Hawker Hurricane


  • This review was first published in RCM&E May 2005. The kit is still available (see Datafile).

Making R/C model aircraft airframes from hot-wire cut blue foam, that’s subsequently covered with PVA-adhered brown paper is a construction method that’s been around for years. Mainly Models of Hertfordshire have now embraced this cheap ‘n’ cheerful airframe production philosophy in their expanding range of 1/12 scale W.W.II fun-fighters. The designs in this series of ‘combat legal’ semi-scale warbirds are designed to live fast, possibly die young, but be easily repairable if the battle damage is relatively minor!
The 391/2” span Hawker Hurricane reviewed here is typical of the type. The compact airframe can be dragged around the sky by a .10 – .20cu. in. two-stroke glow engine, a Speed 480 electric motor or, if you wish, it can be converted to a slope soarer for a bit of fun in a brisk breeze. Three control functions are required, throttle (or speed controller), ailerons and elevator. The rudder is non-functional.

The kit exudes a pronounced ‘cottage industry’ vibe. The durable box is visually unexciting with just a printed label delivering the basic airframe information along with a typical Hawker Hurricane side view. Inside, bubble wrap keeps the blue foam and the odd balsa bit well protected, and I have to tell you, the part count is minimal: two wing panels, five fuselage sections, a clear moulded canopy, an ABS cowl, sheet balsa tail feathers, an underside fin strake plus a comprehensive (all items supplied) poly-bagged accessory pack. The rolled plan and instructions are best described as ‘basic’! Generally, the component quality was good. The checklist arrived pre-ticked, confirming that all items were packed as present and correct – even the (rolled up) brown paper airframe covering is supplied.
The optional self-adhesive decal sheet was also provided for this review, though to my mind this should really be included with the kit as standard. That said, the roundels and registration letters are nicely made and do, at least, save the builder having to rustle something up in Solartrim. Okay, preamble over – time to retire to the shed and put the thing together.

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A long Perma-Grit sanding block is ideal for achieving the required dihedral angle on the wing panels. Sand the roots of both panels at the edge of the bench with the tip propped up by the prescribed amount, taking care to hold the wing panel steady during the task. I suggest leaving the sanding of the wing tip contours until after the panels are joined as the un-contoured tips allow more accurate dihedral angle packing. Once glued together the panels are trimmed very slightly at the centre-section leading and trailing edge to provide a snug wing seat fit.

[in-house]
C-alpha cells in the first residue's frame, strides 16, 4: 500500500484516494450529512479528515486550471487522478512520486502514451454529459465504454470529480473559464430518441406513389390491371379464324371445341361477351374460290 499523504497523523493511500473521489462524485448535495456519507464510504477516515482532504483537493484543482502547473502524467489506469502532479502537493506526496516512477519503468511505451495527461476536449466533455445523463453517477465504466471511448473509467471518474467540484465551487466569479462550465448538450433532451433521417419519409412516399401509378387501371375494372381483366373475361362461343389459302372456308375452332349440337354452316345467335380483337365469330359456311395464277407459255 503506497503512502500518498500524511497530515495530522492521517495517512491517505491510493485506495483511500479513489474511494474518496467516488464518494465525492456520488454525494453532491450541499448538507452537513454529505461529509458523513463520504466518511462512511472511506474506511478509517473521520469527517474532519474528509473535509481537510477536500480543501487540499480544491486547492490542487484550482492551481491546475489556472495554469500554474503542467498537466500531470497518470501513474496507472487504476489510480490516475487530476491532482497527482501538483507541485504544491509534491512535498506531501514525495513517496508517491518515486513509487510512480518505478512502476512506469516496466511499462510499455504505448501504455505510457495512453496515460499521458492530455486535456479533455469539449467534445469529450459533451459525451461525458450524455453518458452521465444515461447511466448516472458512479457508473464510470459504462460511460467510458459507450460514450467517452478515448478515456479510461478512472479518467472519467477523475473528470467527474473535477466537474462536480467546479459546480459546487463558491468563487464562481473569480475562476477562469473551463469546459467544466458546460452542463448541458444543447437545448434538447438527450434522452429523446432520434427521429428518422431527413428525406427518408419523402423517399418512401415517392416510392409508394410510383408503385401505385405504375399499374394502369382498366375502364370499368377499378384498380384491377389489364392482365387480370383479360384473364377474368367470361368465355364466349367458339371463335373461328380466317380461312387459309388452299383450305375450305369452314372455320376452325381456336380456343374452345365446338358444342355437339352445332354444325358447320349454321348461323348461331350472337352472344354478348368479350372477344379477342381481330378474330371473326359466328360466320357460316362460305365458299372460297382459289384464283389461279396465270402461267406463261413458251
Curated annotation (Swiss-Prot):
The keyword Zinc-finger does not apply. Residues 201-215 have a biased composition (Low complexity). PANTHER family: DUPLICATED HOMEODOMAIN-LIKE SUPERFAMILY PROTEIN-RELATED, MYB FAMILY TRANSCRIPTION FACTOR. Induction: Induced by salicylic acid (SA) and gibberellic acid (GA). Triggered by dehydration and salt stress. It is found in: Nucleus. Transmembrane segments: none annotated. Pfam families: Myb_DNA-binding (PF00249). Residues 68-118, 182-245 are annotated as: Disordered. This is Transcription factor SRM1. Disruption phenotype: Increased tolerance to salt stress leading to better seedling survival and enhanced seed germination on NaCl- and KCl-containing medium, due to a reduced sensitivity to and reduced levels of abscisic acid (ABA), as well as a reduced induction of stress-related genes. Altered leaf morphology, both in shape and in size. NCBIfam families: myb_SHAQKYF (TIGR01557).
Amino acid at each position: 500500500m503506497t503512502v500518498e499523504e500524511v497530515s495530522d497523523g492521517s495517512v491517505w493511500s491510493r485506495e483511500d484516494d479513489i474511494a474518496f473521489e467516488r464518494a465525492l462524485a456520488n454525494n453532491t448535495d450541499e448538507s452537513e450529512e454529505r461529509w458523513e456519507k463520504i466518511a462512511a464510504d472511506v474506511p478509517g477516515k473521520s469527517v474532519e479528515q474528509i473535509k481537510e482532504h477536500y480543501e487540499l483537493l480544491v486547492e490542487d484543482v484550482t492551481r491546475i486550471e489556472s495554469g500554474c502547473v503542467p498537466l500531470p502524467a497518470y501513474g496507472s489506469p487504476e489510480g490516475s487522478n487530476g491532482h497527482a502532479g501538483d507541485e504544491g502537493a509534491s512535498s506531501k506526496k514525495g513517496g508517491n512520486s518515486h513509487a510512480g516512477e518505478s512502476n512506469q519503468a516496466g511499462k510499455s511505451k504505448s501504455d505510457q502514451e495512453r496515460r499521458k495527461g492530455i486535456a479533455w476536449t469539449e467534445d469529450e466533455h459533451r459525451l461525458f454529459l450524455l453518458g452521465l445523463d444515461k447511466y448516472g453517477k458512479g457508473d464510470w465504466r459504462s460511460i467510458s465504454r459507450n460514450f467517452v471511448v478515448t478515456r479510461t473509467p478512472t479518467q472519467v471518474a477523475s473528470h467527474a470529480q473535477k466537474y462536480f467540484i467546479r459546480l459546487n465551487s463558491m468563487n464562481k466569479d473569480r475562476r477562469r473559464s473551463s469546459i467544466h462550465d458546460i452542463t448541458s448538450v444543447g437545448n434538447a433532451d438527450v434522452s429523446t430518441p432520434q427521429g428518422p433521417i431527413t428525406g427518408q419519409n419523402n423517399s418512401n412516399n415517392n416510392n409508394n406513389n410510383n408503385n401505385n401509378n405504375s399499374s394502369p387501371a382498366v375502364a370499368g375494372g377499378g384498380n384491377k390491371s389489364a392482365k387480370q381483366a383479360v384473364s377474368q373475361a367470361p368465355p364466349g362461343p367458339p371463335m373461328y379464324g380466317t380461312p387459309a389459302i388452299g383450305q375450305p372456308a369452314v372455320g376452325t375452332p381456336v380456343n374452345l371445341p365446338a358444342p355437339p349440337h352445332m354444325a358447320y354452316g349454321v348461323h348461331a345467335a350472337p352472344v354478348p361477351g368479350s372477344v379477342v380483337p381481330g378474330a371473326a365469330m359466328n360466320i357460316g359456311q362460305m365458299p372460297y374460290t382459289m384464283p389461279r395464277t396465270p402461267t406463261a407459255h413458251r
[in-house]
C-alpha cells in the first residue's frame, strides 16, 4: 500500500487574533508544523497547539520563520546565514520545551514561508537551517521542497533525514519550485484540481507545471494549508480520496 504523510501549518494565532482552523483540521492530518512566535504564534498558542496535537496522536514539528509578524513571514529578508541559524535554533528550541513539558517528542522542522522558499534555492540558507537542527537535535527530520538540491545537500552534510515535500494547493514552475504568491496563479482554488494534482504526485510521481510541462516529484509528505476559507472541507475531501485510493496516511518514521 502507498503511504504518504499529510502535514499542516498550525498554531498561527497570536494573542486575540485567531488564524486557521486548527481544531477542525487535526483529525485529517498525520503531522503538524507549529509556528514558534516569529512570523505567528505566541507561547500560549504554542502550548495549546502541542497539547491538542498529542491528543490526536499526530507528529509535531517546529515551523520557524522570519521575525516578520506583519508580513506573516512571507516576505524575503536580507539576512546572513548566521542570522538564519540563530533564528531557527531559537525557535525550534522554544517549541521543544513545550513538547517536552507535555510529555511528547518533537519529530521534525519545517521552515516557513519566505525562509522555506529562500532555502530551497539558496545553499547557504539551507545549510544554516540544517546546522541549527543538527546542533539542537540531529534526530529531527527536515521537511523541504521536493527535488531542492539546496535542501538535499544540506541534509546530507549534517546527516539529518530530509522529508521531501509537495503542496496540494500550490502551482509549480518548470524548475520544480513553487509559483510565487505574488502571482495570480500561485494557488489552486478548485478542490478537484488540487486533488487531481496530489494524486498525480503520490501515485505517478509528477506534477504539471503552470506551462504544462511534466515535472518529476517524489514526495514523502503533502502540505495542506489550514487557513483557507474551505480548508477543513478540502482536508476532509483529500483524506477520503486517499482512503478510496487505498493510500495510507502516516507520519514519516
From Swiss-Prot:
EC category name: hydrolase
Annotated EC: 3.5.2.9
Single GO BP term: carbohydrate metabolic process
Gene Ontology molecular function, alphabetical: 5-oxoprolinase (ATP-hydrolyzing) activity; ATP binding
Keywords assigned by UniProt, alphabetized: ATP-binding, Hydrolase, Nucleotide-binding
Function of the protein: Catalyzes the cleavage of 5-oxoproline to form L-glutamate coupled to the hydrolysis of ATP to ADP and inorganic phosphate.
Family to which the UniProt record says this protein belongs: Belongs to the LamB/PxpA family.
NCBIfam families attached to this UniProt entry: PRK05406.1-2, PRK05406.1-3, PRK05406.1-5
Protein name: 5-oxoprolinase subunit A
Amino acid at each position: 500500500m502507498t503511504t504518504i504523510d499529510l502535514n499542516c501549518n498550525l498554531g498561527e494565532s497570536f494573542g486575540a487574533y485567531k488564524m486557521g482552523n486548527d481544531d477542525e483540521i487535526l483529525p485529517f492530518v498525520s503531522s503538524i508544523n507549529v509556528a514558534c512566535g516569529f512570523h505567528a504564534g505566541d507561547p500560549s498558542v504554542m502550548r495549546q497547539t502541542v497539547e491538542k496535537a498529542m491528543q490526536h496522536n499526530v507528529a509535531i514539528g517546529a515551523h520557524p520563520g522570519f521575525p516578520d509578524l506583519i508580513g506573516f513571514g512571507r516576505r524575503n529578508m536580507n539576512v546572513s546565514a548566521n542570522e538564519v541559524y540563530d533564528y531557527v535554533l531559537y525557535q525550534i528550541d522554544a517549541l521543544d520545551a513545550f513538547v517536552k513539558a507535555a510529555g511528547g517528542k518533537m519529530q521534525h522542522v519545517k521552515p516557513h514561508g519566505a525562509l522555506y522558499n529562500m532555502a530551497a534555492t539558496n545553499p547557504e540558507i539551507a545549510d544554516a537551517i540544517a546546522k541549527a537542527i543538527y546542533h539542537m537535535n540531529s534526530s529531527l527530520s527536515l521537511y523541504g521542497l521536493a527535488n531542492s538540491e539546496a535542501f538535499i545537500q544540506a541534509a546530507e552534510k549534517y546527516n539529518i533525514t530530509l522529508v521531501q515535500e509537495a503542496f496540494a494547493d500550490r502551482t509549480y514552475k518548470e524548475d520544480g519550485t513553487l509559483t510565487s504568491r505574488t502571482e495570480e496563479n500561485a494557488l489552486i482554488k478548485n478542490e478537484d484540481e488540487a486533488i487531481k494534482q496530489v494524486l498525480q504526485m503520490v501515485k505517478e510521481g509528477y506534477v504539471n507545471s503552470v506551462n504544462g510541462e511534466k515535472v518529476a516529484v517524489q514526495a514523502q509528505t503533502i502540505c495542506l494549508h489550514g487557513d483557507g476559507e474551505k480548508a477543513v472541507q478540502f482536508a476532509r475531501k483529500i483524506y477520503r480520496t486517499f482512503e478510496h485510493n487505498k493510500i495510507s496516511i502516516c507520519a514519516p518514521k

Sand the wing smooth and fill / re-sand if necessary before covering with the supplied brown paper, which is applied using a brushed-on 50/50 PVA glue / water solution. For those of you who might be new to this particular covering technique, I’ve written an article, starting on page 47, that attempts to explain the process in a little more detail. Take a look if you’re interested in having a go.

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Our next task is to mark the strip ailerons onto the now-covered wing trailing edges, carefully cutting them out using a very sharp No.11 scalpel or a single-edged razor blade. The aileron leading edges are best chamfered with a long Perma-Grit block after first centreline-scribing and slotting / drilling / grooving them for the Mylar hinges and torque rods. Do work carefully here as the separated ailerons are extremely thin and potentially fragile. When this is complete the aileron leading edges are sealed using the PVA / water solution.

The instructions suggest that you form span-wise slots in the rear centre-section of the wing to accommodate the torque rod assemblies, which can then be hidden and blended with lightweight filler. However, I chose to deviate here and employ my preferred torque rod mounting method, i.e. remove the centre-section trailing edge in its entirety, groove out said item, fit the torque rods to the newly exposed trailing edge and then re-attach the centre-section piece hiding the torque rods in the process. Simple.

Remember that the torque rod wires must be cut to the correct length and bent to the required angles only after slipping on the hard plastic mounting tubes!
A micro servo is required for controlling the ailerons and this sits in a builder-cut hole in the wing centre-section; bury it as deep as possible into the foam to avoid a clash with the components in the radio bay of the fuselage. To this end I chose to recess the hardwood mounting blocks flush with the wing skin to obtain a really deep-seated servo fit. With this done it’s a simple matter to connect the ailerons using the supplied kwik-link fittings.